Date of Award

Spring 5-12-2017

Degree Type


Degree Name

Doctor of Philosophy (PhD)


Educational Psychology and Special Education

First Advisor

MIles A. Irving, Ph.D

Second Advisor

Anne C. Kruger, Ph. D

Third Advisor

Rebecca Ellis, Ph.D

Fourth Advisor

Lynda D. Woodruff, P.T., Ph.D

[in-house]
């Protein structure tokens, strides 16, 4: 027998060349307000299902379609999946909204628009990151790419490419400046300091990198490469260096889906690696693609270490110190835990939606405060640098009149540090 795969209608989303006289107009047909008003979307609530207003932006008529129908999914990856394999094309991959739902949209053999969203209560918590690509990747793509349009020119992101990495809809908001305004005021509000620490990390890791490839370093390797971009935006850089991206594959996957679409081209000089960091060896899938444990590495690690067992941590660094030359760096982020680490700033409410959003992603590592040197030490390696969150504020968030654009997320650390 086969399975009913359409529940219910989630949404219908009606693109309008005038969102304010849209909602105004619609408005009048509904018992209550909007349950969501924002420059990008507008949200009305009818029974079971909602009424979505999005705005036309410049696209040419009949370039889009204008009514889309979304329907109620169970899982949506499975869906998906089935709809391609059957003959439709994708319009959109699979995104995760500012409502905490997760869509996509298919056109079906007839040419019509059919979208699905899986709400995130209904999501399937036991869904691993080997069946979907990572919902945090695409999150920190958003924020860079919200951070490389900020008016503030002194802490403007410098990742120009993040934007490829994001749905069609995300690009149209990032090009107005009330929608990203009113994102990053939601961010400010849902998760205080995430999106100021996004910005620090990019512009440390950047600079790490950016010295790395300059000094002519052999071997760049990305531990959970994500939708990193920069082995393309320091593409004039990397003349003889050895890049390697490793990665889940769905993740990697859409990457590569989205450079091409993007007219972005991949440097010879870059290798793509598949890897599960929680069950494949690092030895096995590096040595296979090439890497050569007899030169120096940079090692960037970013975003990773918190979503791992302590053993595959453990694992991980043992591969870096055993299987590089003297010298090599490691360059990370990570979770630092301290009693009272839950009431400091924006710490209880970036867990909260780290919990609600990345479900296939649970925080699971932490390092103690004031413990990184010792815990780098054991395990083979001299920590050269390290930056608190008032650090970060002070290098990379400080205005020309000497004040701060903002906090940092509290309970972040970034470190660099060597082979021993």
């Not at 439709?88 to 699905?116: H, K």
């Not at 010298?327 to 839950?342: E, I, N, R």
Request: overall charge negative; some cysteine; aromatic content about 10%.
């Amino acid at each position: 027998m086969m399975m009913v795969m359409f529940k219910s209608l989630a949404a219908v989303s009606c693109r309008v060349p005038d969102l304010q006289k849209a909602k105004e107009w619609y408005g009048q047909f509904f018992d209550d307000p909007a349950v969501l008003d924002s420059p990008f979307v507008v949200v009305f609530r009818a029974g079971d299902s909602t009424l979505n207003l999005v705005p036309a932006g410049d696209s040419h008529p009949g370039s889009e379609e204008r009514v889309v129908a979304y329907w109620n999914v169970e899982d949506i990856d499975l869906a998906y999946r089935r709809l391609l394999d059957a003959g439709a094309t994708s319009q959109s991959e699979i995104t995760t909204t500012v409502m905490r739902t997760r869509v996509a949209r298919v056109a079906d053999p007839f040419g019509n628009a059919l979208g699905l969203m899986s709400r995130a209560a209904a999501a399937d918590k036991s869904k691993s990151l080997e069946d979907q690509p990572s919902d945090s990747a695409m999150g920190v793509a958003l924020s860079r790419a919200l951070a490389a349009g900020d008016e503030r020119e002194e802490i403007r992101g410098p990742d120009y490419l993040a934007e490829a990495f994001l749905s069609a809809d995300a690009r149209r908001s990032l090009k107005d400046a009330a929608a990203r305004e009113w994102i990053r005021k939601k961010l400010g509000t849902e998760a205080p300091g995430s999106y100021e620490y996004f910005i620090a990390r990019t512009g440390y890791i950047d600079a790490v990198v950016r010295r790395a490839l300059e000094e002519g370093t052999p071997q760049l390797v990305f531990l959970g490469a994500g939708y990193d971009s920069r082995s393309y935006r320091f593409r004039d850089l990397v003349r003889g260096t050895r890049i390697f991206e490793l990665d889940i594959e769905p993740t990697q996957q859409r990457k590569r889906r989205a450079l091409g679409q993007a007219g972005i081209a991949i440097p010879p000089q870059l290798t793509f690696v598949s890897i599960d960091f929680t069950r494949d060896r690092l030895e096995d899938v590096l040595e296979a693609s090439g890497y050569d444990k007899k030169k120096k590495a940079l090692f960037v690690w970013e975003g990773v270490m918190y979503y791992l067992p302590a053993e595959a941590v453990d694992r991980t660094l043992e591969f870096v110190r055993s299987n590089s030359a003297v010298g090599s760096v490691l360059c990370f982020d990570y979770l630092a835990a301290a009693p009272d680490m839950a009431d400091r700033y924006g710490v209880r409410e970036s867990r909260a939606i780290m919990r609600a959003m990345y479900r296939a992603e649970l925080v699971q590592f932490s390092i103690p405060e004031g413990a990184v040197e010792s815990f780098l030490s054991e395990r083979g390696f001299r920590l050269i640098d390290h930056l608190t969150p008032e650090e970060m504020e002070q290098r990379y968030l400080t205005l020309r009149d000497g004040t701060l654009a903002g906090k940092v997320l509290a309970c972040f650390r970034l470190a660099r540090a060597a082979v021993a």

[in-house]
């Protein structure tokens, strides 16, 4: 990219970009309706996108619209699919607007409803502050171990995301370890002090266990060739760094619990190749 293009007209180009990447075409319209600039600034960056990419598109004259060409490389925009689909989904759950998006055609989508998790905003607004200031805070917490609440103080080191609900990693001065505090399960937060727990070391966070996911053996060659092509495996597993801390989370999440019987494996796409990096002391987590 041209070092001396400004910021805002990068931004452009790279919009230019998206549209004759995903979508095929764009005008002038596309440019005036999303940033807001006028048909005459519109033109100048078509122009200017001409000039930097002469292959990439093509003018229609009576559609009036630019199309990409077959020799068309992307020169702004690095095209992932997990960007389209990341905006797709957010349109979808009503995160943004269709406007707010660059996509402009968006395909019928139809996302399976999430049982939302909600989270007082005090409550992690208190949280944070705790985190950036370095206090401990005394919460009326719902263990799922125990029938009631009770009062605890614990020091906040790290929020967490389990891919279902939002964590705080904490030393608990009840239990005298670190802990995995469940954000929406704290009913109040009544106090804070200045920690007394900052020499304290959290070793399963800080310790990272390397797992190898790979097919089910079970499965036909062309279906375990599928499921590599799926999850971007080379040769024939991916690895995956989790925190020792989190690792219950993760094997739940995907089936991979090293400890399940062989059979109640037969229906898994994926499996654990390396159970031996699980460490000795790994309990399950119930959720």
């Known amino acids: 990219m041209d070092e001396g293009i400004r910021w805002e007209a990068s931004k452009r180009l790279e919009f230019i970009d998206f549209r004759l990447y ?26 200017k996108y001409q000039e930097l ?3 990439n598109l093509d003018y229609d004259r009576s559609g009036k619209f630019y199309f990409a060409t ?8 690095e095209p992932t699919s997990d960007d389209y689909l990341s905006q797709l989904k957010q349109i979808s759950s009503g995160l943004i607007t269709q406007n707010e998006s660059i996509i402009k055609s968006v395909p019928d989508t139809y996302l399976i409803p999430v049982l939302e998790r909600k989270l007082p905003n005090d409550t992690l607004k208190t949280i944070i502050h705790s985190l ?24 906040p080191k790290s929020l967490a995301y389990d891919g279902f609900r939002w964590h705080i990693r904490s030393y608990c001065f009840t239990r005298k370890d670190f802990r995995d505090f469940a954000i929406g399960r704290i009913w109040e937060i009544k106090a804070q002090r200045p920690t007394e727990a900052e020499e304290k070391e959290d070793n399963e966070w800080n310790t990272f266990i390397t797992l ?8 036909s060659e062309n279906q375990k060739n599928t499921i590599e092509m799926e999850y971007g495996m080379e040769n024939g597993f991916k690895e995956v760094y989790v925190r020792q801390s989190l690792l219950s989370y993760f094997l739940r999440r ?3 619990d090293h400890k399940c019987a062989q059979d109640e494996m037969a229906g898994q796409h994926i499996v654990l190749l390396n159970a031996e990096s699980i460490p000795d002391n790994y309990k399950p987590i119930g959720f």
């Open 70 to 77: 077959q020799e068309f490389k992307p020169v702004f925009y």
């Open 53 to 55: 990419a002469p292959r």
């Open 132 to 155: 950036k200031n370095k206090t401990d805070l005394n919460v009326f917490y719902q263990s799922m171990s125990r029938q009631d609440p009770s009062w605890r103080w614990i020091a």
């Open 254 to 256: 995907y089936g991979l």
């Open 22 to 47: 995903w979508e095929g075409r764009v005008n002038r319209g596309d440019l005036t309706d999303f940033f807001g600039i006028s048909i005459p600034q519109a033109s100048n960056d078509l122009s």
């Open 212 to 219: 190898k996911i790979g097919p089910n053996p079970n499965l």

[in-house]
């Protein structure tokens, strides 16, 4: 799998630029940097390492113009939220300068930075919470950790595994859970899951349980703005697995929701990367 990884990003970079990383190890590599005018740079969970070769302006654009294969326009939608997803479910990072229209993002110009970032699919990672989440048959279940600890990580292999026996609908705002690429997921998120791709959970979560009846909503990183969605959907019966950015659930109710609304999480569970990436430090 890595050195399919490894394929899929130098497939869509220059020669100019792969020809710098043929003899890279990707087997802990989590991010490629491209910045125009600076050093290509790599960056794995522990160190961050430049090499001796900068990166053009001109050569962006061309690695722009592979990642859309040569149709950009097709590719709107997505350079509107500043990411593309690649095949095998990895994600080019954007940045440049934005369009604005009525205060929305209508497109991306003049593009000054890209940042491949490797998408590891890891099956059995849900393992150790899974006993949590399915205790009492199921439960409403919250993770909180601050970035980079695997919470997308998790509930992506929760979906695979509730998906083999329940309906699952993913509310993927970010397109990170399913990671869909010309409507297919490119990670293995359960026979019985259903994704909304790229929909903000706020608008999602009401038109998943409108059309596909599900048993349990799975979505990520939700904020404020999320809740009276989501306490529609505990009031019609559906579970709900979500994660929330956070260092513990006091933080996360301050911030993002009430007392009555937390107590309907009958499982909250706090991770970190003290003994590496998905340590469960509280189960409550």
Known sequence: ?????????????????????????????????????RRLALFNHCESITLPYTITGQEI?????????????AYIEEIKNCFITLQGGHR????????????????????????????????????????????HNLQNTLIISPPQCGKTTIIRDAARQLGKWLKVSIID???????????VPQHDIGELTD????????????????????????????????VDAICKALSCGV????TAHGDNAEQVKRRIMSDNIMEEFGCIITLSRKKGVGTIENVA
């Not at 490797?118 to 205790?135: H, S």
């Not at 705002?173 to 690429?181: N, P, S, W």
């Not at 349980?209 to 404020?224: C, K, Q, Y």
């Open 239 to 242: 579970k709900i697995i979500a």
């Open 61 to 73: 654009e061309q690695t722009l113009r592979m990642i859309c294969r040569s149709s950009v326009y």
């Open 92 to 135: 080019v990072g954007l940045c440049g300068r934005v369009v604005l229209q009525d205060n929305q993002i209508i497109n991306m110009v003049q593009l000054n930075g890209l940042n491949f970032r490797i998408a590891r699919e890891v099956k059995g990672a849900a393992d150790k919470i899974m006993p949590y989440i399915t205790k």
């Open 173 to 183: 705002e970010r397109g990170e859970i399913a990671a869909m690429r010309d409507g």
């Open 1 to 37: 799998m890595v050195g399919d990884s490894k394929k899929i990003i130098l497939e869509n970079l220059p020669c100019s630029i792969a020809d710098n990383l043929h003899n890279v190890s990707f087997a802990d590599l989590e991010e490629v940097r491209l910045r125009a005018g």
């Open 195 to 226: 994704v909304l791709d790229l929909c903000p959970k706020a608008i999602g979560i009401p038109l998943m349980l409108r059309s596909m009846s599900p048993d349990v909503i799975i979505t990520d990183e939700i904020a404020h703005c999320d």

This manuscript style dissertation is composed of three chapters. Chapter 1 is an introduction of the research problem and introduces some of the main areas that can impede African Americans from regularly participating in physical activity such as cultural & regional issues, presence of chronic diseases, and other issues. Chapter Two is a literature review on how autonomy support can facilitate self-determined motivation within individuals. It introduces how an individual can receive autonomy support from one source, multiple sources, or from an environment. Chapter Three is an empirical study assessing the relationship between self-determination theory and physical activity participation variables to exercise self-definition. One hundred and forty nine African American retirees who lived independently completed four outcome measures: Exercise Self-Definition (ESD) scale, Behavioral Regulations for Exercise Questionnaire-2/Relative Autonomy Index (BREQ2RAI), Godin Leisure Time Activity Scale (GLTEQ), and Basic Psychological Needs for Exercise Scale (BPNES). The investigator ran a correlation matrix to demonstrate relationships between the variables and a hierarchical linear regression analysis to determine significant predictors of physical activity participation (GLTEQ). The results revealed all the variables had statistically significant correlations, however, GLTEQ had the highest correlation with ESD (0.318). None of the psychological predictors was significant predictors of GLTEQ. In the final model, the ESD was two one-hundredths of a point over the criterion p-value (.05) for showing statistical significance in predicting GLTEQ among African American retirees. For the overall regression model, all factors explained 16.2% of the total model variance.